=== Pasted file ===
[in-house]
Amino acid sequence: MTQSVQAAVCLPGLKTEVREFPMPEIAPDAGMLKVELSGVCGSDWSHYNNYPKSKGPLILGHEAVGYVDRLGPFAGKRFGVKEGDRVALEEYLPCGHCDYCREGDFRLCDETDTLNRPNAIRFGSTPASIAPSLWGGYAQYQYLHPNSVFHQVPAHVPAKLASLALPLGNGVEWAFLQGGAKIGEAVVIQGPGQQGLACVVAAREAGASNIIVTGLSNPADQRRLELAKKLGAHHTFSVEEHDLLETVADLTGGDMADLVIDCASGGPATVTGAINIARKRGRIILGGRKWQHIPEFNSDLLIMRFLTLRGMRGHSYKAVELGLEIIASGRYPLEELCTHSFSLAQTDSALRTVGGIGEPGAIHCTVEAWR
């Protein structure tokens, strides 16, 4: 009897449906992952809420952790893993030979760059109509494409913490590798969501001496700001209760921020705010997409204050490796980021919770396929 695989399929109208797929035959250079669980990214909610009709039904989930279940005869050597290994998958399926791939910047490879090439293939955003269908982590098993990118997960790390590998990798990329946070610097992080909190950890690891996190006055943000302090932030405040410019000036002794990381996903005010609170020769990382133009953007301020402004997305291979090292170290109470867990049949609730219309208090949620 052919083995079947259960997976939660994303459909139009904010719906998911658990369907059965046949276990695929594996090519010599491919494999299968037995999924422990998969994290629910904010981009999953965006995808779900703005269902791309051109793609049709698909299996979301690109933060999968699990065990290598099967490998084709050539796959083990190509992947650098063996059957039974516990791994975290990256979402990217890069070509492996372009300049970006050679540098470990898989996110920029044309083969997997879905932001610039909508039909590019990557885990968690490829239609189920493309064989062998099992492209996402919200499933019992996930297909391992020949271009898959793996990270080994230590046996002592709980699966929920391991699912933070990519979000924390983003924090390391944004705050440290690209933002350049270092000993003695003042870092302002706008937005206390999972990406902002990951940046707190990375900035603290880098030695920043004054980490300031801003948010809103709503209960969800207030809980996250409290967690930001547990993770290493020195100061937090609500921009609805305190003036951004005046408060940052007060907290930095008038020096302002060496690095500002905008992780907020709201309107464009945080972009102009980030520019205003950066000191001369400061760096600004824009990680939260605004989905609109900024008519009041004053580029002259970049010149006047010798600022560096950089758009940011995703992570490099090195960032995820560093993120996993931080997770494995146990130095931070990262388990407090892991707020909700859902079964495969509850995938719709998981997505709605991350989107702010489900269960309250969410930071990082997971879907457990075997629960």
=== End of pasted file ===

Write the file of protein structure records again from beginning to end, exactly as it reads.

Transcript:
[in-house]
Amino acid sequence: MTQSVQAAVCLPGLKTEVREFPMPEIAPDAGMLKVELSGVCGSDWSHYNNYPKSKGPLILGHEAVGYVDRLGPFAGKRFGVKEGDRVALEEYLPCGHCDYCREGDFRLCDETDTLNRPNAIRFGSTPASIAPSLWGGYAQYQYLHPNSVFHQVPAHVPAKLASLALPLGNGVEWAFLQGGAKIGEAVVIQGPGQQGLACVVAAREAGASNIIVTGLSNPADQRRLELAKKLGAHHTFSVEEHDLLETVADLTGGDMADLVIDCASGGPATVTGAINIARKRGRIILGGRKWQHIPEFNSDLLIMRFLTLRGMRGHSYKAVELGLEIIASGRYPLEELCTHSFSLAQTDSALRTVGGIGEPGAIHCTVEAWR
């Protein structure tokens, strides 16, 4: 009897449906992952809420952790893993030979760059109509494409913490590798969501001496700001209760921020705010997409204050490796980021919770396929 695989399929109208797929035959250079669980990214909610009709039904989930279940005869050597290994998958399926791939910047490879090439293939955003269908982590098993990118997960790390590998990798990329946070610097992080909190950890690891996190006055943000302090932030405040410019000036002794990381996903005010609170020769990382133009953007301020402004997305291979090292170290109470867990049949609730219309208090949620 052919083995079947259960997976939660994303459909139009904010719906998911658990369907059965046949276990695929594996090519010599491919494999299968037995999924422990998969994290629910904010981009999953965006995808779900703005269902791309051109793609049709698909299996979301690109933060999968699990065990290598099967490998084709050539796959083990190509992947650098063996059957039974516990791994975290990256979402990217890069070509492996372009300049970006050679540098470990898989996110920029044309083969997997879905932001610039909508039909590019990557885990968690490829239609189920493309064989062998099992492209996402919200499933019992996930297909391992020949271009898959793996990270080994230590046996002592709980699966929920391991699912933070990519979000924390983003924090390391944004705050440290690209933002350049270092000993003695003042870092302002706008937005206390999972990406902002990951940046707190990375900035603290880098030695920043004054980490300031801003948010809103709503209960969800207030809980996250409290967690930001547990993770290493020195100061937090609500921009609805305190003036951004005046408060940052007060907290930095008038020096302002060496690095500002905008992780907020709201309107464009945080972009102009980030520019205003950066000191001369400061760096600004824009990680939260605004989905609109900024008519009041004053580029002259970049010149006047010798600022560096950089758009940011995703992570490099090195960032995820560093993120996993931080997770494995146990130095931070990262388990407090892991707020909700859902079964495969509850995938719709998981997505709605991350989107702010489900269960309250969410930071990082997971879907457990075997629960």